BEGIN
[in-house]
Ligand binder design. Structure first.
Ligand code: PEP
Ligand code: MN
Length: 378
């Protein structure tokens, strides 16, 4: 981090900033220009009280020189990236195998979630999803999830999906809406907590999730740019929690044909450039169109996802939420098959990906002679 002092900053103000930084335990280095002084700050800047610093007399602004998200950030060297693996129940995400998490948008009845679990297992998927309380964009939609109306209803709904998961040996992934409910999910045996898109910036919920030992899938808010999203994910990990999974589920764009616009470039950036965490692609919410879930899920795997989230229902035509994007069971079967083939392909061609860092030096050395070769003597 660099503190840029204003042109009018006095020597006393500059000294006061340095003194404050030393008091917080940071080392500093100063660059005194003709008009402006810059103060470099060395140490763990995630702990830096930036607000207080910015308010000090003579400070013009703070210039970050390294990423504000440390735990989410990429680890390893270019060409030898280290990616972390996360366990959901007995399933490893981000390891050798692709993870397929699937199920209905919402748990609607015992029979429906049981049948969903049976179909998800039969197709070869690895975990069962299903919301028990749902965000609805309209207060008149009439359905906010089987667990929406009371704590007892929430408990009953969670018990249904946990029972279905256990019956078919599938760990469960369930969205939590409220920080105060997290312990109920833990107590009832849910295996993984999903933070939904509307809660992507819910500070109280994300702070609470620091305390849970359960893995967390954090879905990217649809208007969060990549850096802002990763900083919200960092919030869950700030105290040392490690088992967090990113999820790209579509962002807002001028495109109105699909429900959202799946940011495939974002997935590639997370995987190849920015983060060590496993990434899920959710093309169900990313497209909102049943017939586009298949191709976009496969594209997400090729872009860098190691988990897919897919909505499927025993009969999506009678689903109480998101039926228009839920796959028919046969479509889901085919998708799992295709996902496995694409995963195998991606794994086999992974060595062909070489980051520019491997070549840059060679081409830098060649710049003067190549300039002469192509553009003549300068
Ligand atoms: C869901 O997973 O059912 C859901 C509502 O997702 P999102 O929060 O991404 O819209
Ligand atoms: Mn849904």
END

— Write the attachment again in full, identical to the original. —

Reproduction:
[in-house]
Ligand binder design. Structure first.
Ligand code: PEP
Ligand code: MN
Length: 378
């Protein structure tokens, strides 16, 4: 981090900033220009009280020189990236195998979630999803999830999906809406907590999730740019929690044909450039169109996802939420098959990906002679 002092900053103000930084335990280095002084700050800047610093007399602004998200950030060297693996129940995400998490948008009845679990297992998927309380964009939609109306209803709904998961040996992934409910999910045996898109910036919920030992899938808010999203994910990990999974589920764009616009470039950036965490692609919410879930899920795997989230229902035509994007069971079967083939392909061609860092030096050395070769003597 660099503190840029204003042109009018006095020597006393500059000294006061340095003194404050030393008091917080940071080392500093100063660059005194003709008009402006810059103060470099060395140490763990995630702990830096930036607000207080910015308010000090003579400070013009703070210039970050390294990423504000440390735990989410990429680890390893270019060409030898280290990616972390996360366990959901007995399933490893981000390891050798692709993870397929699937199920209905919402748990609607015992029979429906049981049948969903049976179909998800039969197709070869690895975990069962299903919301028990749902965000609805309209207060008149009439359905906010089987667990929406009371704590007892929430408990009953969670018990249904946990029972279905256990019956078919599938760990469960369930969205939590409220920080105060997290312990109920833990107590009832849910295996993984999903933070939904509307809660992507819910500070109280994300702070609470620091305390849970359960893995967390954090879905990217649809208007969060990549850096802002990763900083919200960092919030869950700030105290040392490690088992967090990113999820790209579509962002807002001028495109109105699909429900959202799946940011495939974002997935590639997370995987190849920015983060060590496993990434899920959710093309169900990313497209909102049943017939586009298949191709976009496969594209997400090729872009860098190691988990897919897919909505499927025993009969999506009678689903109480998101039926228009839920796959028919046969479509889901085919998708799992295709996902496995694409995963195998991606794994086999992974060595062909070489980051520019491997070549840059060679081409830098060649710049003067190549300039002469192509553009003549300068
Ligand atoms: C869901 O997973 O059912 C859901 C509502 O997702 P999102 O929060 O991404 O819209
Ligand atoms: Mn849904």